Columbus Day is one of several names given to October 12, the day that commemorates the navigation and exploration of the American continent by Christopher Columbus and his crew in 1492.
This day is remembered in much of Latin America, Spain and the United States. Its origin dates back to the beginning of the 20th century, initially spontaneously and unofficially, to commemorate the new cultural identity, the product of the encounter and fusion between the indigenous peoples of America and the Spanish conquerors, in addition to the enhancement of the Hispanic-American cultural heritage.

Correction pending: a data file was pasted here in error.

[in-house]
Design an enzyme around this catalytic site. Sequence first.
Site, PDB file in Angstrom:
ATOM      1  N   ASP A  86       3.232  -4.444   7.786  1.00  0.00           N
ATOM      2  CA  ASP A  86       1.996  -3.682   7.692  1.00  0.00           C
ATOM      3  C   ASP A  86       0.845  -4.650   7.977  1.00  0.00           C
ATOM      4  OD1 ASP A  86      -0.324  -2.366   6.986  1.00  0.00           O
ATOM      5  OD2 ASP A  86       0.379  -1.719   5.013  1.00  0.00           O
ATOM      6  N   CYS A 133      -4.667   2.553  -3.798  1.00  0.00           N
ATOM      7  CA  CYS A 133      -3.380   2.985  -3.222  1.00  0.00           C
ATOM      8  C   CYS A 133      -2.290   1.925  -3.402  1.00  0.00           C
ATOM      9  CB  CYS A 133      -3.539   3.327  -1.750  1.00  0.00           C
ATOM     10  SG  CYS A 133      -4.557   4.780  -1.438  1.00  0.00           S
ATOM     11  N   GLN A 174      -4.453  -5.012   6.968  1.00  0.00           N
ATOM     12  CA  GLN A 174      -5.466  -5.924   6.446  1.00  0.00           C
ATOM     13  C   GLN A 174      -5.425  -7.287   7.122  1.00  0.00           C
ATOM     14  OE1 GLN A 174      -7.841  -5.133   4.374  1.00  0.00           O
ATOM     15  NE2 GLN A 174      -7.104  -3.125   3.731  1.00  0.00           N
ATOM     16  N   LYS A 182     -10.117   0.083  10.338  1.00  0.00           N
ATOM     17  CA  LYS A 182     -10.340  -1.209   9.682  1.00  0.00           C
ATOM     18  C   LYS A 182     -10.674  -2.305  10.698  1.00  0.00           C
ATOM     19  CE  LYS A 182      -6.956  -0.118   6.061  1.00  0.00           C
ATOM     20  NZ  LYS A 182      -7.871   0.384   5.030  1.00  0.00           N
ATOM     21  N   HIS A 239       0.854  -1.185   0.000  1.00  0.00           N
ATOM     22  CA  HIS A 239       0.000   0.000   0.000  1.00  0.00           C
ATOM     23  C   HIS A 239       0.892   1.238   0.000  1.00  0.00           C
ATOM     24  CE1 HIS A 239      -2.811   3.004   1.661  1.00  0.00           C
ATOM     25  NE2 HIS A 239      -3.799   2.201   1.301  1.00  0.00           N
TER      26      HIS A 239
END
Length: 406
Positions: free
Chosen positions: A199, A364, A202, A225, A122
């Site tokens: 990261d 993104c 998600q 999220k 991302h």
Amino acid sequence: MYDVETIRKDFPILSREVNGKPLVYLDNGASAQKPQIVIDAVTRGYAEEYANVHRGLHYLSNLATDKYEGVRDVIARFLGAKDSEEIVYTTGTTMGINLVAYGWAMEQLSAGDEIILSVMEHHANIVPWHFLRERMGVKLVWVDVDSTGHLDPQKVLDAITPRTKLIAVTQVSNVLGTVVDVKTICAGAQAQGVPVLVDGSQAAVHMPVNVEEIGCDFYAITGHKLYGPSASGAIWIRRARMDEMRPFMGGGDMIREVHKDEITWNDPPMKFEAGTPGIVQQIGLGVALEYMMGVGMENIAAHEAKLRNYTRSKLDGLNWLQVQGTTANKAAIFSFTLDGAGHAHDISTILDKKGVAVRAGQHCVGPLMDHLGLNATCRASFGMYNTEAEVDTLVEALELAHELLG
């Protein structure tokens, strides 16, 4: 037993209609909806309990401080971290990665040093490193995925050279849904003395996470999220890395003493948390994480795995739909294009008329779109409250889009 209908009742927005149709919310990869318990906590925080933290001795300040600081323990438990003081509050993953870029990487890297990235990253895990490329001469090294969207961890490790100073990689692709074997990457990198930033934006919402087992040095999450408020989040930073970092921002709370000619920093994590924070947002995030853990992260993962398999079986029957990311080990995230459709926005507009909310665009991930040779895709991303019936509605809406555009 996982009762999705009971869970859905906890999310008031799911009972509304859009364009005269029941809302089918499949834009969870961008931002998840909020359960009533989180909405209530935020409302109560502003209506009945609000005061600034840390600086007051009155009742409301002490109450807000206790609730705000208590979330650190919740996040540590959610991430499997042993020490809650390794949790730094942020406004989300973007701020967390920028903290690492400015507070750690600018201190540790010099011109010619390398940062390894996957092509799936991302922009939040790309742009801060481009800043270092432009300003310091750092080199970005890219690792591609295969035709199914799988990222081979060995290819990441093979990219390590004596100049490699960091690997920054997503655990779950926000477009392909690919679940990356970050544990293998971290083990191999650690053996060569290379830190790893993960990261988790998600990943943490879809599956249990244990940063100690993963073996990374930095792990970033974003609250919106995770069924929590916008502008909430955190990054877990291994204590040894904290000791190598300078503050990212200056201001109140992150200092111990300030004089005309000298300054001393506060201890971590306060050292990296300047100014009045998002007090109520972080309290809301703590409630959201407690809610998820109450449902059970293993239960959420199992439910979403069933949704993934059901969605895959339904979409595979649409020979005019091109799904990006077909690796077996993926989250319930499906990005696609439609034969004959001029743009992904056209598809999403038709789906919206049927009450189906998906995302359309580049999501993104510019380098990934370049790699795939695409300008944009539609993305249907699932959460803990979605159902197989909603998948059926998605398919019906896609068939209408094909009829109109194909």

Although the name "Columbus Day" is the most popular today, the official name usually varies from one country to another. At the same time, some countries have chosen to clearly vindicate the positions of the native peoples and have decided to commemorate this date as the "Day of indigenous resistance." In Mexico, in the 1980s there was a broad debate on which of two concepts would be the most appropriate: "Invention of America" or "Encounter between Worlds", proposed by two Mexican historians, with the second proposal gaining more affinity.
The important point in the celebration of the “Meeting between Worlds” is that it is based on a historical event on a world scale: it is possible to document for the first time how the inhabitants of the European continent came into contact with the inhabitants of the American continent. This meeting gave rise to a fusion of cultures and the birth of a Spanish-American civilization.